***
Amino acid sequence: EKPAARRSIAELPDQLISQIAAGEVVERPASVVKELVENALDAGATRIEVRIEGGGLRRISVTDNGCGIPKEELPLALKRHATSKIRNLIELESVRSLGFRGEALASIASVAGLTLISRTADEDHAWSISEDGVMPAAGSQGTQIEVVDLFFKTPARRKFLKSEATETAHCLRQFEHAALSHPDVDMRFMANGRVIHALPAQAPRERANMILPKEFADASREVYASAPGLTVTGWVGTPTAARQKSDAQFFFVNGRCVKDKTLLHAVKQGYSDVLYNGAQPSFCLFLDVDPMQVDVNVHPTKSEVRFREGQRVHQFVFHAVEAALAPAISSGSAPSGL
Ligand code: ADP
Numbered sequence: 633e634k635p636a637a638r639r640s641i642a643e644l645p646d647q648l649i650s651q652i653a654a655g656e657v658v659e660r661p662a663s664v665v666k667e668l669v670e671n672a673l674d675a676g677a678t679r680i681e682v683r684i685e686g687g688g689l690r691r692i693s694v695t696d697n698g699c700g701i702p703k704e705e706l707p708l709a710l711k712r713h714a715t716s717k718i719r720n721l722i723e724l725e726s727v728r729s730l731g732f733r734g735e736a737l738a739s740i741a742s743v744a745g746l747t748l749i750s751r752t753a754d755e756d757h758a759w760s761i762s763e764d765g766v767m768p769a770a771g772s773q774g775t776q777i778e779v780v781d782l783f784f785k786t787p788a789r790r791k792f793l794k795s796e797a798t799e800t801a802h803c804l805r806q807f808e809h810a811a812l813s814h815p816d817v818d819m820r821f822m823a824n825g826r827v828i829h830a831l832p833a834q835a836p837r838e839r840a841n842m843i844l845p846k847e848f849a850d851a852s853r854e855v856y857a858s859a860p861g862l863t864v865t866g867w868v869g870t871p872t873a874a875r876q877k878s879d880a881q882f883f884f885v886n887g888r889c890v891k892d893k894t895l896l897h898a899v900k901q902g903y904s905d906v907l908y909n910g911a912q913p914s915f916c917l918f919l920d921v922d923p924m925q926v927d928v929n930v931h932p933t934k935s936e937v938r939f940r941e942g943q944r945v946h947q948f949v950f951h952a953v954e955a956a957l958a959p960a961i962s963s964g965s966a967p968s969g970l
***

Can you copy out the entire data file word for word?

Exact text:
Amino acid sequence: EKPAARRSIAELPDQLISQIAAGEVVERPASVVKELVENALDAGATRIEVRIEGGGLRRISVTDNGCGIPKEELPLALKRHATSKIRNLIELESVRSLGFRGEALASIASVAGLTLISRTADEDHAWSISEDGVMPAAGSQGTQIEVVDLFFKTPARRKFLKSEATETAHCLRQFEHAALSHPDVDMRFMANGRVIHALPAQAPRERANMILPKEFADASREVYASAPGLTVTGWVGTPTAARQKSDAQFFFVNGRCVKDKTLLHAVKQGYSDVLYNGAQPSFCLFLDVDPMQVDVNVHPTKSEVRFREGQRVHQFVFHAVEAALAPAISSGSAPSGL
Ligand code: ADP
Numbered sequence: 633e634k635p636a637a638r639r640s641i642a643e644l645p646d647q648l649i650s651q652i653a654a655g656e657v658v659e660r661p662a663s664v665v666k667e668l669v670e671n672a673l674d675a676g677a678t679r680i681e682v683r684i685e686g687g688g689l690r691r692i693s694v695t696d697n698g699c700g701i702p703k704e705e706l707p708l709a710l711k712r713h714a715t716s717k718i719r720n721l722i723e724l725e726s727v728r729s730l731g732f733r734g735e736a737l738a739s740i741a742s743v744a745g746l747t748l749i750s751r752t753a754d755e756d757h758a759w760s761i762s763e764d765g766v767m768p769a770a771g772s773q774g775t776q777i778e779v780v781d782l783f784f785k786t787p788a789r790r791k792f793l794k795s796e797a798t799e800t801a802h803c804l805r806q807f808e809h810a811a812l813s814h815p816d817v818d819m820r821f822m823a824n825g826r827v828i829h830a831l832p833a834q835a836p837r838e839r840a841n842m843i844l845p846k847e848f849a850d851a852s853r854e855v856y857a858s859a860p861g862l863t864v865t866g867w868v869g870t871p872t873a874a875r876q877k878s879d880a881q882f883f884f885v886n887g888r889c890v891k892d893k894t895l896l897h898a899v900k901q902g903y904s905d906v907l908y909n910g911a912q913p914s915f916c917l918f919l920d921v922d923p924m925q926v927d928v929n930v931h932p933t934k935s936e937v938r939f940r941e942g943q944r945v946h947q948f949v950f951h952a953v954e955a956a957l958a959p960a961i962s963s964g965s966a967p968s969g970l